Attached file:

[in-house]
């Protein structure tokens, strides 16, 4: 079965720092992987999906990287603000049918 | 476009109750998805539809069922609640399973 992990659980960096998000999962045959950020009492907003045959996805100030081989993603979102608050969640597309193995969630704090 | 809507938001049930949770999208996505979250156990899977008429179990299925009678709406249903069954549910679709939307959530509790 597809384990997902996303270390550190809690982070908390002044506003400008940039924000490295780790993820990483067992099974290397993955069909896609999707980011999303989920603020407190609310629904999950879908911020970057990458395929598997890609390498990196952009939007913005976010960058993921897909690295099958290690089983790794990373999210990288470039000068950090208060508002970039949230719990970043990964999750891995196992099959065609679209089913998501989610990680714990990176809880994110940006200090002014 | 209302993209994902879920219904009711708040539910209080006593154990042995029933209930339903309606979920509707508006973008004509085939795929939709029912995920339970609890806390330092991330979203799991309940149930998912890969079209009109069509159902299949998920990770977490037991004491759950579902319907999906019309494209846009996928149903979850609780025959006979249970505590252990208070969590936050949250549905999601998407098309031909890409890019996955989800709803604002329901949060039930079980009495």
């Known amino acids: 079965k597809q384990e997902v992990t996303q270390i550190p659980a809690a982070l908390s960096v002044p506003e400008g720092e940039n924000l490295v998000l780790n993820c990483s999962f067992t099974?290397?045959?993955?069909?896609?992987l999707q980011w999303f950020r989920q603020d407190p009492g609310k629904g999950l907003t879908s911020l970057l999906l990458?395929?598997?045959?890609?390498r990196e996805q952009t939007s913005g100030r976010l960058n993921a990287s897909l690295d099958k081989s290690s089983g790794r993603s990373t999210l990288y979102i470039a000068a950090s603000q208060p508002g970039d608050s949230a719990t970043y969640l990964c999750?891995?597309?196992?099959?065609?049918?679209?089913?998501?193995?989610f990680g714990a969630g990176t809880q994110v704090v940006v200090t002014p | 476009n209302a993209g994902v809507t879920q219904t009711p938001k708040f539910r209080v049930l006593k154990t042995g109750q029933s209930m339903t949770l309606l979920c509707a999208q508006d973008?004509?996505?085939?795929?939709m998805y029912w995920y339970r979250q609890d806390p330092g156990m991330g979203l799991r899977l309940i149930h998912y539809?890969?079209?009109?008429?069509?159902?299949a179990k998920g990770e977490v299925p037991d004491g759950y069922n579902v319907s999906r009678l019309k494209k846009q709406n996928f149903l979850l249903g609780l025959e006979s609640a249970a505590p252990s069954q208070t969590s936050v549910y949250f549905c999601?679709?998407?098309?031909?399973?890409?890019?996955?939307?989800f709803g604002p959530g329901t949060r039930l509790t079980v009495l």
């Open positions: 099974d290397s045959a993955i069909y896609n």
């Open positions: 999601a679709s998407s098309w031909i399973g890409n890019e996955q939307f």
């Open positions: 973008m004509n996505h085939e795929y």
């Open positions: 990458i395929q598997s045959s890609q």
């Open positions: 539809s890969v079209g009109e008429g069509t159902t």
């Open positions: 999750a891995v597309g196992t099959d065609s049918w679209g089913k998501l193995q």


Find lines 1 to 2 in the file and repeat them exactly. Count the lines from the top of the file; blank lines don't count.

[in-house]
């Protein structure tokens, strides 16, 4: 079965720092992987999906990287603000049918 | 476009109750998805539809069922609640399973 992990659980960096998000999962045959950020009492907003045959996805100030081989993603979102608050969640597309193995969630704090 | 809507938001049930949770999208996505979250156990899977008429179990299925009678709406249903069954549910679709939307959530509790 597809384990997902996303270390550190809690982070908390002044506003400008940039924000490295780790993820990483067992099974290397993955069909896609999707980011999303989920603020407190609310629904999950879908911020970057990458395929598997890609390498990196952009939007913005976010960058993921897909690295099958290690089983790794990373999210990288470039000068950090208060508002970039949230719990970043990964999750891995196992099959065609679209089913998501989610990680714990990176809880994110940006200090002014 | 209302993209994902879920219904009711708040539910209080006593154990042995029933209930339903309606979920509707508006973008004509085939795929939709029912995920339970609890806390330092991330979203799991309940149930998912890969079209009109069509159902299949998920990770977490037991004491759950579902319907999906019309494209846009996928149903979850609780025959006979249970505590252990208070969590936050949250549905999601998407098309031909890409890019996955989800709803604002329901949060039930079980009495």